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My idea is to find a turing machine which recognizes this language in $\log N$ space, could anyone give me some clue on how to find such turing machine?

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Yuval's answer describes the main component. For the sake of completeness I'll precise a couple of details.

First, $L(M_1) \neq L(M_2)$ means that there is a string that is accepted by one of the automaton but not the other. Let's "build" an automaton $M$ that accepts precisely such strings, and we will then want to check whether it accepts a least one string. Then $M$ has states $(q^1_i, q^2_j)$ for each state $q_i$ of $M_1$ and $q_j$ of $M_2$. A state $(q^1_i, q^2_j)$ of $M$ is accepting if and only if $q_i$ is accepting in $M_1$ and $q_j$ is not accepting in $M_2$ or vice versa. Now, in order to tell if $M$ accepts a string, we need to know if there's an accepting node that is reachable from $(q^1_0, q^2_0)$. We can first guess such a state $(q^1_m, q^2_n)$ as its representation uses only a logarithmic number of bits. Then we can, one step at a time, guess a path of states from $(q^1_0, q^2_0)$ leading to $(q^1_m, q^2_n)$. Of course after each guess we need to actually verify that there is an edge in $M$ from the previous state to the recently guessed one. In order to do that we can always keep two states in memory, the current one and the state we just guessed as the next one, this uses logarithmic memory still.

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Let $M = M_1 \times M_2$ be the product automaton for $L(M_1) \Delta L(M_2)$. Then $L(M_1) \neq L(M_2)$ iff some accepting state of $M$ is reachable from its initial state. Finally, directed reachability is in $\mathsf{NL}$ (in fact, $\mathsf{NL}$-complete).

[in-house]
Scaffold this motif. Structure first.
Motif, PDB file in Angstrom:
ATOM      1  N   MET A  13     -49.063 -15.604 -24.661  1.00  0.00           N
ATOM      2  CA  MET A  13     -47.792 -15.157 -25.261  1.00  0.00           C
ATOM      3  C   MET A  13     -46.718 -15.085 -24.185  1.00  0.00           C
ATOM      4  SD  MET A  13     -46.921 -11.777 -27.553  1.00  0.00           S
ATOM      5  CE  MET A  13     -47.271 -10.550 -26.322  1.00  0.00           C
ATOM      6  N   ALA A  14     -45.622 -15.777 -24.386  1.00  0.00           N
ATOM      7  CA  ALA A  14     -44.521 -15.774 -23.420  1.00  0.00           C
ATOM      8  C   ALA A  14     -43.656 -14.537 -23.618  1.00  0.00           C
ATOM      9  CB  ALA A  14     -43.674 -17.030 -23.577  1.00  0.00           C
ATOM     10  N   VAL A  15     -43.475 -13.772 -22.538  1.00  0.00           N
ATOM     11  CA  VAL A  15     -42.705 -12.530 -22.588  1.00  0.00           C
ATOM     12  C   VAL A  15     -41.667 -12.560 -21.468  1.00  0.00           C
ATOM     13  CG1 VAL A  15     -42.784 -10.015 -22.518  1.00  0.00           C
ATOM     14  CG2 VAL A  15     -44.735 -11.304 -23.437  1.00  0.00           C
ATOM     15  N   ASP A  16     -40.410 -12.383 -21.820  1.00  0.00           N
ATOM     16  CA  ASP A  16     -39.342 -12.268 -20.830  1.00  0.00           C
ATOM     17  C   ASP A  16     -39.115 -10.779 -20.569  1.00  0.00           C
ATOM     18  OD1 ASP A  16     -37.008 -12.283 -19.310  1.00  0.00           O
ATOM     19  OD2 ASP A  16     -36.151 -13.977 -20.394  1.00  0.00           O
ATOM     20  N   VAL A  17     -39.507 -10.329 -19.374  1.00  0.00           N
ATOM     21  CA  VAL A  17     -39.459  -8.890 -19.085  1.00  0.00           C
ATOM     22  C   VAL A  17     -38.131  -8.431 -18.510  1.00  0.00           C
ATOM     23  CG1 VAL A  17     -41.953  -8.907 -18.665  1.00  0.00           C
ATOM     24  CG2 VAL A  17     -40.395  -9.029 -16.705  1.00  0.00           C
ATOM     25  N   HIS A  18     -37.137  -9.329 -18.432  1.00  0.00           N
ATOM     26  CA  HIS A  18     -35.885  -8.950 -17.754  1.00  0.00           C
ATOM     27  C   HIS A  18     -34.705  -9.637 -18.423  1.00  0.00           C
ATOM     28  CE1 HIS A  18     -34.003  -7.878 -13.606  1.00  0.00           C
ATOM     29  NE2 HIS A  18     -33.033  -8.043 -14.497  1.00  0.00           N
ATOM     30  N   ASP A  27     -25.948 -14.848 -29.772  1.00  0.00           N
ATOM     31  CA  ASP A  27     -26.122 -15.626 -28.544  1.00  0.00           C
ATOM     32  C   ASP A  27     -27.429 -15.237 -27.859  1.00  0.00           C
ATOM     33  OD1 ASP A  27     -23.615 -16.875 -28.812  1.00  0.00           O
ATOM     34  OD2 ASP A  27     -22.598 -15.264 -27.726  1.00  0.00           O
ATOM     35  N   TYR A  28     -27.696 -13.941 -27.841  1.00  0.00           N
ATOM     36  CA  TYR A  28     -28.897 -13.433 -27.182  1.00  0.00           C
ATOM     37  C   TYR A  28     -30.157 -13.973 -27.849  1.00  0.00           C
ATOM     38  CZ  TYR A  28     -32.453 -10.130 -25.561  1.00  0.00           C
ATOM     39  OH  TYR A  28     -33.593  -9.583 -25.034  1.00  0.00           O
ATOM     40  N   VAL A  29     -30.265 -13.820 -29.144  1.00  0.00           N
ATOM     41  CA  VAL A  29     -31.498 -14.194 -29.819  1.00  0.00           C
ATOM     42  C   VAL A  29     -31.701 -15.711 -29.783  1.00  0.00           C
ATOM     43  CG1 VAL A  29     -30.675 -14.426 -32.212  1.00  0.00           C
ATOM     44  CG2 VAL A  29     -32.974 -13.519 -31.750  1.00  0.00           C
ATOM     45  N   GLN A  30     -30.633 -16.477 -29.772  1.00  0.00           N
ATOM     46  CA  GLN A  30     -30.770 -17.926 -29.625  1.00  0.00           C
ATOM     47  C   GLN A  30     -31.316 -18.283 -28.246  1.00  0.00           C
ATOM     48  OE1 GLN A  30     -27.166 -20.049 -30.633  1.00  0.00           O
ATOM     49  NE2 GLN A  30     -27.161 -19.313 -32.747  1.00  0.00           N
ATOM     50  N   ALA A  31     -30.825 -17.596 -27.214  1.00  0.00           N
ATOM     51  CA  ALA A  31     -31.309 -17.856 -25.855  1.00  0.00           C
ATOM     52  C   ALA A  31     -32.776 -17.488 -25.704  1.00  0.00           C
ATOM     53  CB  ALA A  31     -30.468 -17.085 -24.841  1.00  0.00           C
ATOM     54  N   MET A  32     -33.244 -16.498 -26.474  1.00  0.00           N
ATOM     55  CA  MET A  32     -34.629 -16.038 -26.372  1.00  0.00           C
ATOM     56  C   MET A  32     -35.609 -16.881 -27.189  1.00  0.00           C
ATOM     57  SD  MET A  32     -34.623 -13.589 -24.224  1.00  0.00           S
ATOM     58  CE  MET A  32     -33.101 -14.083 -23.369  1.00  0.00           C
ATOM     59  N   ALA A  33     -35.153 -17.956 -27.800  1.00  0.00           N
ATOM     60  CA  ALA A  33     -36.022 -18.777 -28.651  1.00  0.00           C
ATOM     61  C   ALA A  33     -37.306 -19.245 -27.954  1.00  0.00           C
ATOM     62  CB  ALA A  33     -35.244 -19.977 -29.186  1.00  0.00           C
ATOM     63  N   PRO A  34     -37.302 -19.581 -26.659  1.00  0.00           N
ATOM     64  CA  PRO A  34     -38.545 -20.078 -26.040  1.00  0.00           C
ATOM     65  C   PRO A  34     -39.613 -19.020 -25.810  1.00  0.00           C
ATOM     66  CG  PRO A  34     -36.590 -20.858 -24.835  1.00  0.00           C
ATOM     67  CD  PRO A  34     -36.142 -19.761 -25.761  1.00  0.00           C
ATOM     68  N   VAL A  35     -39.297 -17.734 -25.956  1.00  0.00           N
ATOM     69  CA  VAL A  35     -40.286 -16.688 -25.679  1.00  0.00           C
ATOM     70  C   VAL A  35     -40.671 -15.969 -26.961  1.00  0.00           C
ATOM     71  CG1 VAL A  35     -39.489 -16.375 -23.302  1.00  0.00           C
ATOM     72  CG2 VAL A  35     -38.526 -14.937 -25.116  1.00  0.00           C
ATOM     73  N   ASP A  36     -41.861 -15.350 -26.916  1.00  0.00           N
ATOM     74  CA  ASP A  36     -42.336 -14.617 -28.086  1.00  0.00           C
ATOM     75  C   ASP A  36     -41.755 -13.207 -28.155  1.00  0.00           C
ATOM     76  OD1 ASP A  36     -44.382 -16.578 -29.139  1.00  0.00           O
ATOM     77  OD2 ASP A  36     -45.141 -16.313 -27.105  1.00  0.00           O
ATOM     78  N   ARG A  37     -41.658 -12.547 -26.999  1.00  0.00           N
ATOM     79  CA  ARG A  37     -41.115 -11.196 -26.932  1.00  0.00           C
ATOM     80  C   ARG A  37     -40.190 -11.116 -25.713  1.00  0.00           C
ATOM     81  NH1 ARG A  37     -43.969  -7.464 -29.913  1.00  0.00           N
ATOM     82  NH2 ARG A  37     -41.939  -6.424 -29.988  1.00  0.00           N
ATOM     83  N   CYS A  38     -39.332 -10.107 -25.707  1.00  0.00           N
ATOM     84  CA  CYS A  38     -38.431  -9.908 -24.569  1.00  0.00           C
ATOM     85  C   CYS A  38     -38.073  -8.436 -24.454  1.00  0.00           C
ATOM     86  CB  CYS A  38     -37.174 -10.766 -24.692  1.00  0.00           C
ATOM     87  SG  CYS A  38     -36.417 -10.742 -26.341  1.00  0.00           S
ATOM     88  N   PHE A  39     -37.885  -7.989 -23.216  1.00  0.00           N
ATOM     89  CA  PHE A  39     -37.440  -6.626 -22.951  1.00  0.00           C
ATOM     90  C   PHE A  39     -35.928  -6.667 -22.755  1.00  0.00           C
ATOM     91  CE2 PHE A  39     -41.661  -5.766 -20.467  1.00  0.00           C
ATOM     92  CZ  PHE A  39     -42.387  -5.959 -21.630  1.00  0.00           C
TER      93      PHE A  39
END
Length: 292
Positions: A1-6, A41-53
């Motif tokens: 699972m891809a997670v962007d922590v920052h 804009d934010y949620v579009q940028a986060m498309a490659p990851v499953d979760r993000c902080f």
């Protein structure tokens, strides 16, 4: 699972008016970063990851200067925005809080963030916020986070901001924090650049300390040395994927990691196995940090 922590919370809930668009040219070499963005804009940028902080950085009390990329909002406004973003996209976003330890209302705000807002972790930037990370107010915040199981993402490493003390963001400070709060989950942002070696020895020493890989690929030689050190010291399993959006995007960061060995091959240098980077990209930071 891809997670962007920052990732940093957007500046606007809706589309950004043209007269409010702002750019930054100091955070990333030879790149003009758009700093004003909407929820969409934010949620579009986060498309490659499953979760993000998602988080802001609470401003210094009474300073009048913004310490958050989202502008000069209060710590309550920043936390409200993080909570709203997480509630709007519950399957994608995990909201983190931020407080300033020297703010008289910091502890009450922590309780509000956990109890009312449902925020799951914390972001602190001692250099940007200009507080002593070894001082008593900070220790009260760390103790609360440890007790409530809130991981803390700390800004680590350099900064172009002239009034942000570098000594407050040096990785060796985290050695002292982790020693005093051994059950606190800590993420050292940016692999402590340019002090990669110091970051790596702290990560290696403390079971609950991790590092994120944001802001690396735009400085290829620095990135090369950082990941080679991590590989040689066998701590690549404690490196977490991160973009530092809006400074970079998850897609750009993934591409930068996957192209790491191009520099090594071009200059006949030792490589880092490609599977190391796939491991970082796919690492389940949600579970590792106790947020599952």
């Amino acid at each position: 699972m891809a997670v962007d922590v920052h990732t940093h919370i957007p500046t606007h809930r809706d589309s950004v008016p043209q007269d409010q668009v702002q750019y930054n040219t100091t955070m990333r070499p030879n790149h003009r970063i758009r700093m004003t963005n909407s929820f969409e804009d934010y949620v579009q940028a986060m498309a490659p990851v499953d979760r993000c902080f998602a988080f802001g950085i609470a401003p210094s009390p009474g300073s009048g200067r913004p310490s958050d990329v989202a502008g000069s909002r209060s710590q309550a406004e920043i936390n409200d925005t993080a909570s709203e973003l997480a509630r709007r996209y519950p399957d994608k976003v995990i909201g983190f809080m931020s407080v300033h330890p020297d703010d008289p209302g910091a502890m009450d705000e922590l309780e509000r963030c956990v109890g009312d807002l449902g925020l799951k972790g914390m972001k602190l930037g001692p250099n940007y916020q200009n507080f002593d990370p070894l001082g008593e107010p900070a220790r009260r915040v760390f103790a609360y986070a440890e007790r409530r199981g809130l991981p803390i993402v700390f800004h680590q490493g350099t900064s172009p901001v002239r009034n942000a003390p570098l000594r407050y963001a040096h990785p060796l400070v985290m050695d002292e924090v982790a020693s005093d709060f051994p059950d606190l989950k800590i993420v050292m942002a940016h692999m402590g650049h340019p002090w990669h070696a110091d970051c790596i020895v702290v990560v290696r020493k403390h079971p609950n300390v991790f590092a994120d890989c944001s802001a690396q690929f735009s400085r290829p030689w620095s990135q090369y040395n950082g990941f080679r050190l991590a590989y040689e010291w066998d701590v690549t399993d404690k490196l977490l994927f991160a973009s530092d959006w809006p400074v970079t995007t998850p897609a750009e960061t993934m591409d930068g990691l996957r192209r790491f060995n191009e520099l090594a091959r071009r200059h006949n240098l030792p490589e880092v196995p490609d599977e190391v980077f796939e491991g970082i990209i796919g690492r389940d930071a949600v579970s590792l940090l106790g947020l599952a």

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  • $\begingroup$ Thanks for your comment! However, I don't quite understand the part that "𝐿(𝑀1)≠𝐿(𝑀2) iff some accepting state is reachable from the initial state", could you explain a little bit of that? Thanks in advance. $\endgroup$ – davidHoooo Apr 12 '19 at 0:53
  • $\begingroup$ A DFA accepts some word (its language is non-empty) if some accepting state is reachable from the initial state. $\endgroup$ – Yuval Filmus Apr 12 '19 at 6:02
  • $\begingroup$ One would need to argue as well that the construction of a DFA for $L(M_1) \Delta L(M_2)$ can be done in $\mathrm{NL}$ as well. Is that trivial? $\endgroup$ – Bernardo Subercaseaux Sep 2 at 15:25
  • $\begingroup$ @BernardoSubercaseaux, what are your thoughts? Have you tried to figure it out? If you did and got stuck, you could ask a new question. This is an exercise, so you might need to fill in some details yourself. Note that it suffices to construct it on the fly. $\endgroup$ – D.W. Sep 2 at 16:29
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    $\begingroup$ You don't need to explicitly construct the DFA. You just need to simulate oracle access to the DFA. I didn't write it here since I have already written several times in other answers. $\endgroup$ – Yuval Filmus Sep 2 at 19:44

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